UC Davis study documents regulatory bottleneck in biotech specialty crop commercialization
Davis, California, USA
October 13, 2010
Specialty crops are important components of human diets and nutrition. While grown on just 4% of the total cropped area, specialty crops represented about 40% of the $140 billion in total agricultural receipts in the United States in 2007.
New research from UC Davis Professor and Seed Biotechnology Center Director Kent Bradford and Jamie (Miller) Shattuck examining the biotech research and development pipeline in these crops has documented a large body of scientific reports and field trials with the potential to benefit growers and consumers. This study, published in the October issue of Nature Biotechnology, identified proof of concept transgenic work conducted on 78 specialty crops utilizing over 250 traits. These traits included many that would directly benefit consumers and others that would primarily benefit producers and only indirectly benefit consumers through reduced agricultural inputs, higher productivity, lower cost or reduced environmental impacts. The former traits included modifications in oil, sugar and starch content, protein quality and amino acid composition, vitamin content and nutritional quality, flavor and postharvest quality as well as reduced allergenicity. The latter traits included tolerance to abiotic and biotic stresses, insect and nematode resistance, herbicide tolerance, nitrogen acquisition and yield. These data demonstrate that there is a broad global research pipeline for GM specialty crops using traits that would be beneficial to both producers and consumers.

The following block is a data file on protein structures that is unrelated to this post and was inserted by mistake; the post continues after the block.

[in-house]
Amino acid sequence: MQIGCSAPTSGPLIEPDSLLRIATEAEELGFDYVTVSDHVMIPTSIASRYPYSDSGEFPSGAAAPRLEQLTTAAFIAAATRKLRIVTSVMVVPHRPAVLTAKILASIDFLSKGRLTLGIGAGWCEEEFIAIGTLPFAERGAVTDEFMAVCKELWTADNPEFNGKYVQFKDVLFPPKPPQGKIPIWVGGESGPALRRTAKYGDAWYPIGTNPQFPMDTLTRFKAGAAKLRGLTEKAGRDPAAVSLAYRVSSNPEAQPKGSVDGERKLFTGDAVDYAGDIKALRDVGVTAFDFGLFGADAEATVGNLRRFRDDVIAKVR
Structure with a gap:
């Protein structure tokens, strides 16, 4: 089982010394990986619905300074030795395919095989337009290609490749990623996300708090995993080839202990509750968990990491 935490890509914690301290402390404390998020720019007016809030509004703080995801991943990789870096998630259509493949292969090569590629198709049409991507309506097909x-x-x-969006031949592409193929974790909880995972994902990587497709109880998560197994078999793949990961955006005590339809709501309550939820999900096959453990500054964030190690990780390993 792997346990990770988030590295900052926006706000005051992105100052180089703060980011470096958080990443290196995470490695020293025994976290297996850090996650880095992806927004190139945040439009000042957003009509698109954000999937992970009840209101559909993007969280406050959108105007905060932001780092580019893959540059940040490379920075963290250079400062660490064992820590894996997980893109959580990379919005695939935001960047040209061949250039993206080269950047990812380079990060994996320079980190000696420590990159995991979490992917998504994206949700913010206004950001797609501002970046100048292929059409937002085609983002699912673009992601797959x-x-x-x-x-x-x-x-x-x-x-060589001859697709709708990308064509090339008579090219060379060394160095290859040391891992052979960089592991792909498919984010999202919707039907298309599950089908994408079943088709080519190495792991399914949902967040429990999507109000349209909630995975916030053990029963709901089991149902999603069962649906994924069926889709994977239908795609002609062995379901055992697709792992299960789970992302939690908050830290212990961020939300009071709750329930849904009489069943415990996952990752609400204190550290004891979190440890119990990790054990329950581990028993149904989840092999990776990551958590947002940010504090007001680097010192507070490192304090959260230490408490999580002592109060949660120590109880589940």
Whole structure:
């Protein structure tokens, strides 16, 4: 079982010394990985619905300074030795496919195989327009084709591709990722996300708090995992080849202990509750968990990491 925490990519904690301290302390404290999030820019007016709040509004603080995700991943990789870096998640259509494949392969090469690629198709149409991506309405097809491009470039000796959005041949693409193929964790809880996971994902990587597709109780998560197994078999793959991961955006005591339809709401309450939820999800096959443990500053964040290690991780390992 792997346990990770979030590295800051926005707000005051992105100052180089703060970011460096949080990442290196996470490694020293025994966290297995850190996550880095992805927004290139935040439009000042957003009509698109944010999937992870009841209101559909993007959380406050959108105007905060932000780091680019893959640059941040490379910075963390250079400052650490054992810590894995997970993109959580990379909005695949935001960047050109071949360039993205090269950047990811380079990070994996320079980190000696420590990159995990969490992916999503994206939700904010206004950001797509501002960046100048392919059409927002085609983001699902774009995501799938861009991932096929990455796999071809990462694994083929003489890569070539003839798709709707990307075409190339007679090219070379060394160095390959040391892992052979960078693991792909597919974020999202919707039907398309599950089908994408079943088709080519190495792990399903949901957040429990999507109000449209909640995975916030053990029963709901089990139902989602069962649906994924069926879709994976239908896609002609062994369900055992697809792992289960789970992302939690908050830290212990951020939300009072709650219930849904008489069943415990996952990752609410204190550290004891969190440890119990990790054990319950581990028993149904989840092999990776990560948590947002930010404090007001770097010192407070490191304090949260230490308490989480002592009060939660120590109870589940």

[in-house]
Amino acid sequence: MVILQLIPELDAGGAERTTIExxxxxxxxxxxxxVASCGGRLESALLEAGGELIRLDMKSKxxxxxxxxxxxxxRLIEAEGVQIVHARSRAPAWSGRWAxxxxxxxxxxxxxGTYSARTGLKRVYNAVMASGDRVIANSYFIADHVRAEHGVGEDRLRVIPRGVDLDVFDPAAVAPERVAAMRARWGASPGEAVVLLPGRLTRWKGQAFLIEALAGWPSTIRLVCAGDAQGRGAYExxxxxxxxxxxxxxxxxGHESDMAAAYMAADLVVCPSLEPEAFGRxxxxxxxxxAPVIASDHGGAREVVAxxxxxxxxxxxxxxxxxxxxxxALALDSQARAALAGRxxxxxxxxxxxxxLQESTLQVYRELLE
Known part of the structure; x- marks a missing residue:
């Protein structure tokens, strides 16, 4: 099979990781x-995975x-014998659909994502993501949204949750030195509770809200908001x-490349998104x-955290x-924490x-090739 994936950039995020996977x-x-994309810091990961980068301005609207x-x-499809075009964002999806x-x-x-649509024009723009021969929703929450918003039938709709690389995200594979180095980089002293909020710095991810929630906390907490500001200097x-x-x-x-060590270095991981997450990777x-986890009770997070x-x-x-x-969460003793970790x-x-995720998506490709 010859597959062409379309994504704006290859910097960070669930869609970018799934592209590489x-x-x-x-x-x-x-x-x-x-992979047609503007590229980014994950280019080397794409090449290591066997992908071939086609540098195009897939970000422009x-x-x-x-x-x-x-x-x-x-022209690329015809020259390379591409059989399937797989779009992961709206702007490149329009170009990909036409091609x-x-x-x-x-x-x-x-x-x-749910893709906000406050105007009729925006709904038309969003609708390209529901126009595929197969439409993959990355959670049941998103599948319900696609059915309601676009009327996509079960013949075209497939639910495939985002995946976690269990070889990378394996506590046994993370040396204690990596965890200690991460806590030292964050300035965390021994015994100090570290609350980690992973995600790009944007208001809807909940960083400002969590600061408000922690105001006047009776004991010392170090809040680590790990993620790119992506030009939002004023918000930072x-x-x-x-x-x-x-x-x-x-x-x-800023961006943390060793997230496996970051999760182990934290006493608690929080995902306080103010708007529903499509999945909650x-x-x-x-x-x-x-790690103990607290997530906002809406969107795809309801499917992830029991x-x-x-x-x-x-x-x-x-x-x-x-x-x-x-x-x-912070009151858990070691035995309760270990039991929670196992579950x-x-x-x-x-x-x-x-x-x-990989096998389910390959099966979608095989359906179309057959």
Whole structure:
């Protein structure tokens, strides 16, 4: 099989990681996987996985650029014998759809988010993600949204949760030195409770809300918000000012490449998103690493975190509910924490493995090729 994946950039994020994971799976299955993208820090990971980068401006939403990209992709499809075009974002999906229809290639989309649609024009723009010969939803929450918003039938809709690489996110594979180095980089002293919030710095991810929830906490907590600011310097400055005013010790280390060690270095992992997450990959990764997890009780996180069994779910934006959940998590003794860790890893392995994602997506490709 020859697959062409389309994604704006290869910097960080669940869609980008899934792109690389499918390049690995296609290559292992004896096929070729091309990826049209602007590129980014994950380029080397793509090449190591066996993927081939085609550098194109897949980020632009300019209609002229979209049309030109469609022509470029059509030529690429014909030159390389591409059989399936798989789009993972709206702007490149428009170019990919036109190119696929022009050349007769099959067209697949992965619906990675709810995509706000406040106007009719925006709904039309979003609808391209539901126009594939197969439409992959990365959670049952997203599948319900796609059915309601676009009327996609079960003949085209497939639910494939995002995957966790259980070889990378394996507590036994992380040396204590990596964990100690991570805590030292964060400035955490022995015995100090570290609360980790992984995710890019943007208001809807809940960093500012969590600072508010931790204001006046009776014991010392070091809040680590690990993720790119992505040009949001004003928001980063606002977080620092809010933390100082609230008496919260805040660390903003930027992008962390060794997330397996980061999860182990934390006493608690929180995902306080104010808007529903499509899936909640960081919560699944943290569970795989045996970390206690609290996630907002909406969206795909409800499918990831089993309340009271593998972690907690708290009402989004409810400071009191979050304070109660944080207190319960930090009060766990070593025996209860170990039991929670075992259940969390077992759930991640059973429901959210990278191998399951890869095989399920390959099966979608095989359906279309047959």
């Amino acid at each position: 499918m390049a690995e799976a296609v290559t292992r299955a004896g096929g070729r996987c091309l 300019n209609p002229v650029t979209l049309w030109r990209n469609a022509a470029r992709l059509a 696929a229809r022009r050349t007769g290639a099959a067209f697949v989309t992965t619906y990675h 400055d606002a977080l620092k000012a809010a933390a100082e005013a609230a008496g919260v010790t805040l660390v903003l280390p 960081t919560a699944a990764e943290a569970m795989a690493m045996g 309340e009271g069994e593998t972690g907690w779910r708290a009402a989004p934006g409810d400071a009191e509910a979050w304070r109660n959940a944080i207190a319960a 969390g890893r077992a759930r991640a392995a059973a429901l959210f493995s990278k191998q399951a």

However, unlike agronomic crops, few genetically engineered traits have been commercialized in specialty crops. In fact, since 2000, no new regulatory approvals have been completed on any specialty crops. Given the large amount of research being conducted in both the public and private sectors, these data illustrate a significant bottleneck between the research sector and their movement into commercial production. While a number of factors could contribute to this situation, the evidence points to the high cost and uncertainty of receiving regulatory approval as a primary cause. Commercialization of biotech specialty crops may depend upon a reexamination of the balance between potential risks versus foregone societal benefits and consequent adjustments in regulatory requirements.
The complete article can be found at: http://www.nature.com/nbt/journal/v28/n10/full/nbt1010-1012.html.
The authors would like to acknowledge the Specialty Crop Regulatory Assistance program for their support of this project.